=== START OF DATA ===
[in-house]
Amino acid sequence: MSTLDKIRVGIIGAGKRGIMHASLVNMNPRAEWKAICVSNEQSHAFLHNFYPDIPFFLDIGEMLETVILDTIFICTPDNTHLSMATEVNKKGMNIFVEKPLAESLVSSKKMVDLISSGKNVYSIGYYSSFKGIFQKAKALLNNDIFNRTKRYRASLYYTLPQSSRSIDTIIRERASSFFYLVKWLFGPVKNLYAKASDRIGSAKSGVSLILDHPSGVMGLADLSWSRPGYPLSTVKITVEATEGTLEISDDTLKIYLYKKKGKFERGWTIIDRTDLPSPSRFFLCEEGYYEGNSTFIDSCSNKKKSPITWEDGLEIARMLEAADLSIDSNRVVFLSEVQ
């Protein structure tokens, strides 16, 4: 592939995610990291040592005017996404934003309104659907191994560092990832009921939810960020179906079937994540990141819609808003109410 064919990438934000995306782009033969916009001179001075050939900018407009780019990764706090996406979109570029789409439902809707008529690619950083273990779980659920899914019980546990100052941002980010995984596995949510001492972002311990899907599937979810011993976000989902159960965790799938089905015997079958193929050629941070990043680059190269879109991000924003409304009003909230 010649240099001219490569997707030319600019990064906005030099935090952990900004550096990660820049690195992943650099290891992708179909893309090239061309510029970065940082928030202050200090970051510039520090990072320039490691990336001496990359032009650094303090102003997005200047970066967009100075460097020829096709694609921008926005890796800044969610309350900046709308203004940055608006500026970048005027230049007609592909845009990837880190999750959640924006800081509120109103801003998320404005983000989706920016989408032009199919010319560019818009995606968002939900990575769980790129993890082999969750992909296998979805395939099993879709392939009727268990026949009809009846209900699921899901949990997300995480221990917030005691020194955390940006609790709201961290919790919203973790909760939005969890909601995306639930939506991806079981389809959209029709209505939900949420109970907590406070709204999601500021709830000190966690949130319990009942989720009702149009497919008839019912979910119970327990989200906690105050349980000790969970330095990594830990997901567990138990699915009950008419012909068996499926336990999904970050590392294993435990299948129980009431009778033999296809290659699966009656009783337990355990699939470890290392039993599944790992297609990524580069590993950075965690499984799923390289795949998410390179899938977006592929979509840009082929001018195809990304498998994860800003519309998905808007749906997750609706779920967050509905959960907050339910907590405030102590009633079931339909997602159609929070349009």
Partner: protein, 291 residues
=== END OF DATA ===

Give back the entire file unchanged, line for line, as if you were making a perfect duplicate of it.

[in-house]
Amino acid sequence: MSTLDKIRVGIIGAGKRGIMHASLVNMNPRAEWKAICVSNEQSHAFLHNFYPDIPFFLDIGEMLETVILDTIFICTPDNTHLSMATEVNKKGMNIFVEKPLAESLVSSKKMVDLISSGKNVYSIGYYSSFKGIFQKAKALLNNDIFNRTKRYRASLYYTLPQSSRSIDTIIRERASSFFYLVKWLFGPVKNLYAKASDRIGSAKSGVSLILDHPSGVMGLADLSWSRPGYPLSTVKITVEATEGTLEISDDTLKIYLYKKKGKFERGWTIIDRTDLPSPSRFFLCEEGYYEGNSTFIDSCSNKKKSPITWEDGLEIARMLEAADLSIDSNRVVFLSEVQ
């Protein structure tokens, strides 16, 4: 592939995610990291040592005017996404934003309104659907191994560092990832009921939810960020179906079937994540990141819609808003109410 064919990438934000995306782009033969916009001179001075050939900018407009780019990764706090996406979109570029789409439902809707008529690619950083273990779980659920899914019980546990100052941002980010995984596995949510001492972002311990899907599937979810011993976000989902159960965790799938089905015997079958193929050629941070990043680059190269879109991000924003409304009003909230 010649240099001219490569997707030319600019990064906005030099935090952990900004550096990660820049690195992943650099290891992708179909893309090239061309510029970065940082928030202050200090970051510039520090990072320039490691990336001496990359032009650094303090102003997005200047970066967009100075460097020829096709694609921008926005890796800044969610309350900046709308203004940055608006500026970048005027230049007609592909845009990837880190999750959640924006800081509120109103801003998320404005983000989706920016989408032009199919010319560019818009995606968002939900990575769980790129993890082999969750992909296998979805395939099993879709392939009727268990026949009809009846209900699921899901949990997300995480221990917030005691020194955390940006609790709201961290919790919203973790909760939005969890909601995306639930939506991806079981389809959209029709209505939900949420109970907590406070709204999601500021709830000190966690949130319990009942989720009702149009497919008839019912979910119970327990989200906690105050349980000790969970330095990594830990997901567990138990699915009950008419012909068996499926336990999904970050590392294993435990299948129980009431009778033999296809290659699966009656009783337990355990699939470890290392039993599944790992297609990524580069590993950075965690499984799923390289795949998410390179899938977006592929979509840009082929001018195809990304498998994860800003519309998905808007749906997750609706779920967050509905959960907050339910907590405030102590009633079931339909997602159609929070349009």
Partner: protein, 291 residues